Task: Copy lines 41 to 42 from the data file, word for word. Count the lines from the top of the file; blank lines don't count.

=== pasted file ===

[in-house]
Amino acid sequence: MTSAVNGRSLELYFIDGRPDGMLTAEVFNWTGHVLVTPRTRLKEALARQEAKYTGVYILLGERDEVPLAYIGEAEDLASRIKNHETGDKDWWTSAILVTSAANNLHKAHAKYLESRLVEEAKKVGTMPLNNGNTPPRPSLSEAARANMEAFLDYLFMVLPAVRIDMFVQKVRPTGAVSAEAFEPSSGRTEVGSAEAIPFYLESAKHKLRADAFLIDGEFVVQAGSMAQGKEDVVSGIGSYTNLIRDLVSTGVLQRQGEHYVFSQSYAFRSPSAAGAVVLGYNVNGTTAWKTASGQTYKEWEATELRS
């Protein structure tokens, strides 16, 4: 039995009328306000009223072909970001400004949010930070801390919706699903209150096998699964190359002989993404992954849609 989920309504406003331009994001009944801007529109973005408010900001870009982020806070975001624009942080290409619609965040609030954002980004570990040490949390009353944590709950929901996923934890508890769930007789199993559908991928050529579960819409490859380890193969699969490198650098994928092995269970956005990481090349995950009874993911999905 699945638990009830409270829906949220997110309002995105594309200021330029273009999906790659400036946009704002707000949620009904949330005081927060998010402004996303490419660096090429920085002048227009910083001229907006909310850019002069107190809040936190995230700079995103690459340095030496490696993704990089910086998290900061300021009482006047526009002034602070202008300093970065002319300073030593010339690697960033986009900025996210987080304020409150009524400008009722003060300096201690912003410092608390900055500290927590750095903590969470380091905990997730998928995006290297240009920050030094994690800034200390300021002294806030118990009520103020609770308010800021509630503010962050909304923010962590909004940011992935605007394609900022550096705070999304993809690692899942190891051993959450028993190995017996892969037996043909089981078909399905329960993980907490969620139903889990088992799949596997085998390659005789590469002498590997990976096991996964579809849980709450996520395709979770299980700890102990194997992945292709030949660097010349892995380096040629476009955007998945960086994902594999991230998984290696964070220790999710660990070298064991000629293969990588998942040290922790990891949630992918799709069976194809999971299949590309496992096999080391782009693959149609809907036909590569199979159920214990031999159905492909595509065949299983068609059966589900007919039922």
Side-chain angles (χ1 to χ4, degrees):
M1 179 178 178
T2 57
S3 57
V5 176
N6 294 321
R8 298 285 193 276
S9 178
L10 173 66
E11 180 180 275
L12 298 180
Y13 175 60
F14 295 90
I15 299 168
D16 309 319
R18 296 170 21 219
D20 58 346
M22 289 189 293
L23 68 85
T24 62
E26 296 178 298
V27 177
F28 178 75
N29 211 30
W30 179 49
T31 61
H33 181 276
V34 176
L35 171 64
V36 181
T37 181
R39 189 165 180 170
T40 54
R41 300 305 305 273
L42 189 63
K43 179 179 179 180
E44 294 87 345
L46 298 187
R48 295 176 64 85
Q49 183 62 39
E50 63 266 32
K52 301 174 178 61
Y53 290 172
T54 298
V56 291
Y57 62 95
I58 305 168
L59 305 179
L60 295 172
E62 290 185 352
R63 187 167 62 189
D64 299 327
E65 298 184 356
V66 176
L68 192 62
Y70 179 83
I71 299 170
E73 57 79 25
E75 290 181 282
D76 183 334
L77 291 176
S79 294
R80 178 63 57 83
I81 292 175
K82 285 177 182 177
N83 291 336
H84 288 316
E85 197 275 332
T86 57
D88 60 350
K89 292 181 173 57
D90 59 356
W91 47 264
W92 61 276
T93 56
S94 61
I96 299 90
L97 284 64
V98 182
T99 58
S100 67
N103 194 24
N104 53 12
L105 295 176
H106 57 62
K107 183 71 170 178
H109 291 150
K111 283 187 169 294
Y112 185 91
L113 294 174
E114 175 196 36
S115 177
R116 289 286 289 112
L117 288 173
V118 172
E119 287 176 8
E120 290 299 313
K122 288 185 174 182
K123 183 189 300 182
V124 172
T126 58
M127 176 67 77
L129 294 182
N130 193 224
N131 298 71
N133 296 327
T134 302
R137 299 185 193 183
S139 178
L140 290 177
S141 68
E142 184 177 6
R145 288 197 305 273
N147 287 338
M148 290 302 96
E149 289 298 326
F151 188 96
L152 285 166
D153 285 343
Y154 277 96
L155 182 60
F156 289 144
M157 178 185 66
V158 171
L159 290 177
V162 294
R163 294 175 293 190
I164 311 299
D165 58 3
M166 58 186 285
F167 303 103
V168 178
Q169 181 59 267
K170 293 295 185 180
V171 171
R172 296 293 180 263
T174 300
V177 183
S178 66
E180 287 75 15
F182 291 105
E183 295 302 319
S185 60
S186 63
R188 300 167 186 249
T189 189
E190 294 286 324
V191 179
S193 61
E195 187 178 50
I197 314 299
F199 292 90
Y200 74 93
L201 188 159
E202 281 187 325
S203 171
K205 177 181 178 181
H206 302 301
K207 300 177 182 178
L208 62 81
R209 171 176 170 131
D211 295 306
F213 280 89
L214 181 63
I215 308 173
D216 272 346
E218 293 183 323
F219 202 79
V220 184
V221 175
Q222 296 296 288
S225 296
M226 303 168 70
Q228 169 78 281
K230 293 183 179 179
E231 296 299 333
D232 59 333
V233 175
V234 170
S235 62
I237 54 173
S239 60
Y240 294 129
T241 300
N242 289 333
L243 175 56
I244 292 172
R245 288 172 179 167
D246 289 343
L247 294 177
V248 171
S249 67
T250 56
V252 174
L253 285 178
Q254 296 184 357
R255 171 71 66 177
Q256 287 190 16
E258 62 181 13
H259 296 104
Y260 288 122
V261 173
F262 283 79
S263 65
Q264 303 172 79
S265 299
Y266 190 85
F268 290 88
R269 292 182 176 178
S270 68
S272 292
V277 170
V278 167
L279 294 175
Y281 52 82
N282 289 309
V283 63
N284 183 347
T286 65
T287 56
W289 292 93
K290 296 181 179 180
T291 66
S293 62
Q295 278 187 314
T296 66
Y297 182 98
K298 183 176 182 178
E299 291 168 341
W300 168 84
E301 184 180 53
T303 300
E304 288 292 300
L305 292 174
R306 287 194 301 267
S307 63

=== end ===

L46 298 187
R48 295 176 64 85